The logic of happiness

The logic of happiness

Recently, on a ‘special boy’s day”, I was visiting the museum with my son. We spent a few lovely hours, mostly looking at dinosaurs, and chatting about humans, animals, gemstones and which animals are the strongest and scariest. Watching an educational video on skeletons I was enthralled and fascinated and, I’m not ashamed to admit, learning quite a lot until I became distracted by a particular comment which although I didn’t understand why at the time, disturbed me somewhat.

Reviewing skeletal differences between various animals (including those with external skeletons) the narrator described how the skeletons of birds differed from those of other animals, particularly land based mammals, and noted that birds’ bones are lighter “because they fly”.

At first, this comment did not seem out of place in any way but as previously noted there was something about it which bugged me and an hour or so later I worked out why. The more I contemplated this innocent comment the more I realised there was a logical error. Birds don’t have lighter bones because they fly; rather, I would have thought it more accurate to state that birds developed the ability to fly because, among their many other attributes, they have lighter bones.

Now this is, I’m pretty sure, more than just pedantic semantics. The cause and effect logic seemed to have been mixed up with the cart, metaphorically speaking, being placed before the horse.

I began to wonder how often this occurs; if a respected educational institution such as our National Museum can overlook such a mistake then how often do we “amateur (or in some cases completely unconscious) logicians” make similar mistakes. And specifically, how might this apply to or happiness or unhappiness? Because if we get the logic wrong then surely we’ll get the solution wrong (or, even worse, not be able to find a solution).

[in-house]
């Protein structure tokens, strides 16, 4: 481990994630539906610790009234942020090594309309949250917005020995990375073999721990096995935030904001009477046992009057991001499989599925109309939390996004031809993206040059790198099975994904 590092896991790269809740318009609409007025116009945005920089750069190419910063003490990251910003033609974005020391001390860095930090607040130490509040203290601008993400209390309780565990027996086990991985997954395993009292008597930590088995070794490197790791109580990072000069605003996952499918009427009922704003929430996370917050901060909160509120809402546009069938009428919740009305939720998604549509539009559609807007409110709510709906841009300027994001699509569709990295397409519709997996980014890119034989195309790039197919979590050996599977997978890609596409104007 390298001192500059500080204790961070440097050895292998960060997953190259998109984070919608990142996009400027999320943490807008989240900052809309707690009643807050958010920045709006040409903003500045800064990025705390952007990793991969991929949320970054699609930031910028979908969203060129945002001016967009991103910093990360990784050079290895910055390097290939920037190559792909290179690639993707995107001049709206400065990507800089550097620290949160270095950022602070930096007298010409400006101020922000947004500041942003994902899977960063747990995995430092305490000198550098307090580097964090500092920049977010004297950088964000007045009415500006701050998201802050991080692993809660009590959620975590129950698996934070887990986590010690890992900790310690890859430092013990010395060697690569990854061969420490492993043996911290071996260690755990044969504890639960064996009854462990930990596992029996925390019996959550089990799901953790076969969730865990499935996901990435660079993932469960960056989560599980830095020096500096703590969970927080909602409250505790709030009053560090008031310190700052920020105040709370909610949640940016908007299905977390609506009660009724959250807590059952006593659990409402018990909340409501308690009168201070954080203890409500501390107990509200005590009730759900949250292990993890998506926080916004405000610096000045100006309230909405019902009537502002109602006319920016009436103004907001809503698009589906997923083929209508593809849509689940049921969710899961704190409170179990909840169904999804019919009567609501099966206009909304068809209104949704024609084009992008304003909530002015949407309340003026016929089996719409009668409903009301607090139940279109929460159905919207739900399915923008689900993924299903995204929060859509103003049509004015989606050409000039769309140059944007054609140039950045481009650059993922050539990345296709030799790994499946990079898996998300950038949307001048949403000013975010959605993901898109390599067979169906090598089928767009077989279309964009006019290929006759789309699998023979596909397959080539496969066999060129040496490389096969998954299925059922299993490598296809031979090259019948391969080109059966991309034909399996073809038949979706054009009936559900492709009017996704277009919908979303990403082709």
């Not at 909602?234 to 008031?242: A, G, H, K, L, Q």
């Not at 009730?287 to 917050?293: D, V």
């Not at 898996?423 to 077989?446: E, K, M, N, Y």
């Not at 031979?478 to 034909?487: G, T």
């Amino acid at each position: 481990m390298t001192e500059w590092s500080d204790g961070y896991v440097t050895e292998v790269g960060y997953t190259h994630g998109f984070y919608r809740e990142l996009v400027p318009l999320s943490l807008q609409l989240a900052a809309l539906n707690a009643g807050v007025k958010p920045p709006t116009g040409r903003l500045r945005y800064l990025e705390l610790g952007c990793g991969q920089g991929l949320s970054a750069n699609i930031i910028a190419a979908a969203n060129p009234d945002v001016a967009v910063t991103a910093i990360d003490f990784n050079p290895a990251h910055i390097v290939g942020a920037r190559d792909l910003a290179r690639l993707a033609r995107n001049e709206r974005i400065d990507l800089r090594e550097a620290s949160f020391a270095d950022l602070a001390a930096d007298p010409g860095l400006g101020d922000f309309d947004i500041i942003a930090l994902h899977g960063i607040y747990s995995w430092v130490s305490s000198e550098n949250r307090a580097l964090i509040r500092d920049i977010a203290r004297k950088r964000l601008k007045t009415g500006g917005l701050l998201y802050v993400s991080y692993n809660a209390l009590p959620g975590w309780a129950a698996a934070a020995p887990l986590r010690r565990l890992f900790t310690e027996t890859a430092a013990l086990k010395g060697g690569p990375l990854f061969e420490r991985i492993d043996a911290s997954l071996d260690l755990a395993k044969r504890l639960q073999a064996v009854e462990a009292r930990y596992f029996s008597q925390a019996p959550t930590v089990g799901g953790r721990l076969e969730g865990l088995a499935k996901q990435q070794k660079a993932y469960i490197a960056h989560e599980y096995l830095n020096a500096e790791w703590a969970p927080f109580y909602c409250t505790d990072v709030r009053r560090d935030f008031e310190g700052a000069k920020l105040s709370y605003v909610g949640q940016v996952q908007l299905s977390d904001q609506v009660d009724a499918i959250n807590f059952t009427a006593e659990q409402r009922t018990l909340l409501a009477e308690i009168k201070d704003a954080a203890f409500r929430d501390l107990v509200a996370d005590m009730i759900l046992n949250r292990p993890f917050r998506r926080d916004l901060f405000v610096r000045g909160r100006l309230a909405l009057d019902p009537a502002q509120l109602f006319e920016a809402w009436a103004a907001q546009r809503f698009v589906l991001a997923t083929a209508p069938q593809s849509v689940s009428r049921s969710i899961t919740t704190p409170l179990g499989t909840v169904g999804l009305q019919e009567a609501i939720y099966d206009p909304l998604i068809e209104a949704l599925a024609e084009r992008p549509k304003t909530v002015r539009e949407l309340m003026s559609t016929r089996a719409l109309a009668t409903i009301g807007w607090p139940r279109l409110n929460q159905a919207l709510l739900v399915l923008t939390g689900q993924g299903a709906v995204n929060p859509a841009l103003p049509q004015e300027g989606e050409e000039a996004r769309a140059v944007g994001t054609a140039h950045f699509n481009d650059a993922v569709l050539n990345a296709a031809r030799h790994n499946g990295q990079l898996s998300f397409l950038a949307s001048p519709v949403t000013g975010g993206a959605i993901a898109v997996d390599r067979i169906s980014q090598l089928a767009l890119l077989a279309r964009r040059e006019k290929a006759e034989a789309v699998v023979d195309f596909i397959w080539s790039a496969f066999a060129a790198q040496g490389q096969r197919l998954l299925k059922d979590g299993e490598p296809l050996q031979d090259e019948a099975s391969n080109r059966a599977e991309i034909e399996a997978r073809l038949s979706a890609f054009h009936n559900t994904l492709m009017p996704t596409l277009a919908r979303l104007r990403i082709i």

Do we, for example, think we’re unhappy at work because of poor conditions when in fact the reality is that the conditions under which we work appear to be less than ideal, or terrible, because we’re unhappy?

Do we, for example, think we’ll be happy when we have more things when in fact it’s the pursuit of more things that makes us unhappy?

Do we, as referred to in last week’s column, believe we’ll be happy only when we devote ourselves to ourselves when in reality, it’s the selfishness and self-obsession that causes our unhappiness?

Is there an answer to all these questions?

Yes and no; there’s no simple answer, or not an answer that will be right for everyone reading this. But there is a general answer that I invite you all to contemplate. Spend some time reflecting on what really makes you happy as opposed to what you think will make you happy; spend some time thinking about what really makes you happy rather than what other people have told you will make you happy; and spend some time clarifying your values and priorities because living a life “on purpose” (that is a life in which you spend the majority of your time devoted to activities that are consistent with your life purpose and goals) is the surest path to happiness.